Today marks the one year anniversary of TRAID’s 23% campaign and Londoners have passed on one million garments. An incredible achievement. Chair of the Environmental Audit Committee Mary Creagh MP writes on the urgent need to reform the fashion industry, and what we can do to make a difference.
Our appetite for fast fashion comes with a huge social and environmental price tag. We send a million tonnes of clothes to landfill, incineration or abroad as waste every year. Online retailers sell dresses for a fiver, less than the hourly minimum wage, meaning poverty pay and unacceptable working conditions are too often the norm.
Left unchecked this industry will consume as much as a quarter of the world’s carbon budget by 2050 and yet our Government has done little to tackle it. Fashion is costing us the earth.
In our Environmental Audit Committee report published in February this year, we called on the Government to end the era of throwaway fashion. Fashion producers should be responsible for their waste through a one penny per garment charge which could raise £35 million a year to invest in clothing recycling.
The voluntary approach has failed. We recommended that the largest retailers be mandated to sign up to an action plan to reduce their carbon, water and waste footprint. Setting these targets, alongside publishing a mandatory statement on modern slavery in their annual report, should be seen as a ‘licence to practice’.
Astoundingly, the Government rejected all 18 recommendations from our report. They proved they are not listening and appear increasingly out of step with the public mood. Charities, NGOs, the public and now many retailers can see that clothing must become fair and sustainable, and recognise the industry must change.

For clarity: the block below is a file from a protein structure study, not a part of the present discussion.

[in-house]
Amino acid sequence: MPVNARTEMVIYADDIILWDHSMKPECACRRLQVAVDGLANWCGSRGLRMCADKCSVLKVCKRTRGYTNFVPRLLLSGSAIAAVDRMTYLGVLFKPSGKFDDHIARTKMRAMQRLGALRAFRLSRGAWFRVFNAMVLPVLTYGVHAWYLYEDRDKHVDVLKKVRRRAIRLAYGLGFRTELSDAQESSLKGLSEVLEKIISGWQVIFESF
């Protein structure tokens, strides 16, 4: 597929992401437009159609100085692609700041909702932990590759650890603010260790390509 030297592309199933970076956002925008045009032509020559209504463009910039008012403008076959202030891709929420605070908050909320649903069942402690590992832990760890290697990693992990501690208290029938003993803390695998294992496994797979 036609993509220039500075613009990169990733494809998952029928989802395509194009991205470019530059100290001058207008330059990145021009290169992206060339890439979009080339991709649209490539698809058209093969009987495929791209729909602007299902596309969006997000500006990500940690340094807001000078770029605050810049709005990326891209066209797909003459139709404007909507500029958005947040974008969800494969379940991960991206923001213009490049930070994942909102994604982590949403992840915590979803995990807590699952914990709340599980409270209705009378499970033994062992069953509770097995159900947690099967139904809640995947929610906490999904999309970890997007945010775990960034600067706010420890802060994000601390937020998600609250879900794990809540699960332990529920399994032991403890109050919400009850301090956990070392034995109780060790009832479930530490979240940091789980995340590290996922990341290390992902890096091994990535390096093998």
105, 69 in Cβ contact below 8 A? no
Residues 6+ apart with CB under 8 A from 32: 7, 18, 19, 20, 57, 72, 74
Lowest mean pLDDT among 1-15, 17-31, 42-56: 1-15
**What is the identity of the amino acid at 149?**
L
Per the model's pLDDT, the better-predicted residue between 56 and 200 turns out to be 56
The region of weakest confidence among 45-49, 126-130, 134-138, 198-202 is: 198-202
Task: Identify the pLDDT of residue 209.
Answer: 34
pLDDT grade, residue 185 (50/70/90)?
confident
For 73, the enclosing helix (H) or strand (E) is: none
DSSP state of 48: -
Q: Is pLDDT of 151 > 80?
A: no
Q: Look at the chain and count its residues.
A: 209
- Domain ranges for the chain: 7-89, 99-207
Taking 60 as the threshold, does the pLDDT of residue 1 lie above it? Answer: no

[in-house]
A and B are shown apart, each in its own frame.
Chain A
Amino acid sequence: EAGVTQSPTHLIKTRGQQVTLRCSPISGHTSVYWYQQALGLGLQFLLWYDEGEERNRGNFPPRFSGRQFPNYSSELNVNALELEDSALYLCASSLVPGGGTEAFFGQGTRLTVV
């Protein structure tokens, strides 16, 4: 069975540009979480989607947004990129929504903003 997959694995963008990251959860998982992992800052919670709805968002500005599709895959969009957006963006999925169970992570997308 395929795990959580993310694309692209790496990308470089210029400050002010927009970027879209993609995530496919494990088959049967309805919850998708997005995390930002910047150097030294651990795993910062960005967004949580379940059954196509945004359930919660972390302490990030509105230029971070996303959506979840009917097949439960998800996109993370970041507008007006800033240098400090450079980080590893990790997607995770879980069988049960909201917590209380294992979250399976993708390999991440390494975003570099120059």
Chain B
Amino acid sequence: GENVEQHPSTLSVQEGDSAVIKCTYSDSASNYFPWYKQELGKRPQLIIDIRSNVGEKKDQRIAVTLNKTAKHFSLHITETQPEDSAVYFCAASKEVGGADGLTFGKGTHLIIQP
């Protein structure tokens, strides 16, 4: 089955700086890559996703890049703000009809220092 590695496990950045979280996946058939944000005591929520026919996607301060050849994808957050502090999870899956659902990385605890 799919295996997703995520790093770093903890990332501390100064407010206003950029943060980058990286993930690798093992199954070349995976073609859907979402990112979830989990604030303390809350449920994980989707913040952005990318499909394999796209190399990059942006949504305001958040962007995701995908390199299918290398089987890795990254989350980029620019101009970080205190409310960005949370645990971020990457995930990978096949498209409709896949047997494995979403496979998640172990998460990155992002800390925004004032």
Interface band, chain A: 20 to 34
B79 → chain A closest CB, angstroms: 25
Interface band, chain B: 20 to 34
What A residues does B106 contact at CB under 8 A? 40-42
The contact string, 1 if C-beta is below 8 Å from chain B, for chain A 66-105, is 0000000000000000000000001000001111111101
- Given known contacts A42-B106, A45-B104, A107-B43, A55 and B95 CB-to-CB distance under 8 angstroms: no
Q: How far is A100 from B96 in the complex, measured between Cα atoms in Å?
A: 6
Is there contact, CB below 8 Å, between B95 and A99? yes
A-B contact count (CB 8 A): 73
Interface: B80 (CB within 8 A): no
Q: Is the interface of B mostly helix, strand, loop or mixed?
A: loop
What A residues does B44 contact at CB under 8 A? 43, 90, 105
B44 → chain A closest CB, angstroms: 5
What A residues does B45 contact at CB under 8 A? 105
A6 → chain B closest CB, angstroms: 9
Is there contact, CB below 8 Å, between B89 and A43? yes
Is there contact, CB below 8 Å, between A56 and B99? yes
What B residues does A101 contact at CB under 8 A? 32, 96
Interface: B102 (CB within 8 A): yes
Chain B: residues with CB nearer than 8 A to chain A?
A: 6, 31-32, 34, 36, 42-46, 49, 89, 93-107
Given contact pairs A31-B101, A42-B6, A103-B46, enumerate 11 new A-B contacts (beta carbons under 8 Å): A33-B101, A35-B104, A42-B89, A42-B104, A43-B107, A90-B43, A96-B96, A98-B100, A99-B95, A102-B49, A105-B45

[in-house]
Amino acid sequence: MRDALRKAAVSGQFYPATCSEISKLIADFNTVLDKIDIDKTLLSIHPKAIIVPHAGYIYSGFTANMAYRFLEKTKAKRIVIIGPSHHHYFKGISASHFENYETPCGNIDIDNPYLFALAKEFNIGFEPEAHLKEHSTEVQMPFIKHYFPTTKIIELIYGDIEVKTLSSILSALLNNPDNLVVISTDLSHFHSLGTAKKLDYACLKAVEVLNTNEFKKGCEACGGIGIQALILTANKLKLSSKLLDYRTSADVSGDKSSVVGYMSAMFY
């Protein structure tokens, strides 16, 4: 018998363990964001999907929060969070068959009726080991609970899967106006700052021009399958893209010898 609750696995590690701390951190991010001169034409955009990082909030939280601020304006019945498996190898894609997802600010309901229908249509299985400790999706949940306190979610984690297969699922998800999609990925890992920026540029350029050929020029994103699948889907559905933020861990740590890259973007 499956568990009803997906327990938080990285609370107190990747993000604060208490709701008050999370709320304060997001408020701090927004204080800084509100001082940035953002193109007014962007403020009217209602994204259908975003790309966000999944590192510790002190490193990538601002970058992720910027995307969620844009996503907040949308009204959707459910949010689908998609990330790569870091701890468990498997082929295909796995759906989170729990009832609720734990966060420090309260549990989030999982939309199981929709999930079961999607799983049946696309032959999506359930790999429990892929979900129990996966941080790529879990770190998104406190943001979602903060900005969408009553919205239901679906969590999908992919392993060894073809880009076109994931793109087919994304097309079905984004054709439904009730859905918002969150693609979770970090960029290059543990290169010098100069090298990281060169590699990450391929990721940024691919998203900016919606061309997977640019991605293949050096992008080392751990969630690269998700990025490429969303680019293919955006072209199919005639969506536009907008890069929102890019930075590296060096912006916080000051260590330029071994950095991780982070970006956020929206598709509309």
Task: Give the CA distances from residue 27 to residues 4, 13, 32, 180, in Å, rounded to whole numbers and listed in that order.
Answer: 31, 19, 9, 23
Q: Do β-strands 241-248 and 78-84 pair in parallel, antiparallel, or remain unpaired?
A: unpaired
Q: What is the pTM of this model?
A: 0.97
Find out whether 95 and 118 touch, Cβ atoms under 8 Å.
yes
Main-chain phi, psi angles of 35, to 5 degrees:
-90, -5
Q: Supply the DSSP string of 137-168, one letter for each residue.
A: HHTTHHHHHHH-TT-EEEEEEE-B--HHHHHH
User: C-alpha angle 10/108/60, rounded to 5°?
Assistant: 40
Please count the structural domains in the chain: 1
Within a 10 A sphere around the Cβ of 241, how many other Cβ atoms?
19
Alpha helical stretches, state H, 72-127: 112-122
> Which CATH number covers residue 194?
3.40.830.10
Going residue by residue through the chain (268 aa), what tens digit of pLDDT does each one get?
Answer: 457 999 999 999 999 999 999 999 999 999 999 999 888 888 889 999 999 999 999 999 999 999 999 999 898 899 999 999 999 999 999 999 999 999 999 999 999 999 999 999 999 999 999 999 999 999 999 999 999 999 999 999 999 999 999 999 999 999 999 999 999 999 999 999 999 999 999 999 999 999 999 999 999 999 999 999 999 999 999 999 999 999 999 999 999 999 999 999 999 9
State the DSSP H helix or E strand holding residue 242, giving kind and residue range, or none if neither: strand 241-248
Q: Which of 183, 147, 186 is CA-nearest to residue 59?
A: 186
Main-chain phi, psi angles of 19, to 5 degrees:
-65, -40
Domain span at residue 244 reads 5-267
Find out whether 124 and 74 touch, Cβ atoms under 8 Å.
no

But what can be done about it?
Consumers have the ability to vote with their pocket. Buying less, supporting sustainable businesses, wearing longer and mending more are all actions that individuals can take. Passing on your unused garments to charities like TRAID, supporting their 23% campaign, can give a second life to your unwanted clothes which has significant water and carbon benefits.
But there are limits to what consumers can do. Ultimately, fashion retailers must take responsibility for their products. Advertising to promote a wardrobe change every month, selling clothes at a loss, burning unsold stock, and turning a blind eye to labour injustices in textile factories are all practices that must end.
A thriving fashion industry that inspires creativity, treats workers with respect, makes the most of material re-use and puts stories, feelings and meaning back into clothes is possible. Clothes don’t need to cost the earth and when consumers, industry and the Government get behind that we can transform fashion into a power for good.
Until then, it is up to each of us to do what we can, to help fix fashion. Take the 23% campaign action and help reduce our water, waste and carbon footprint.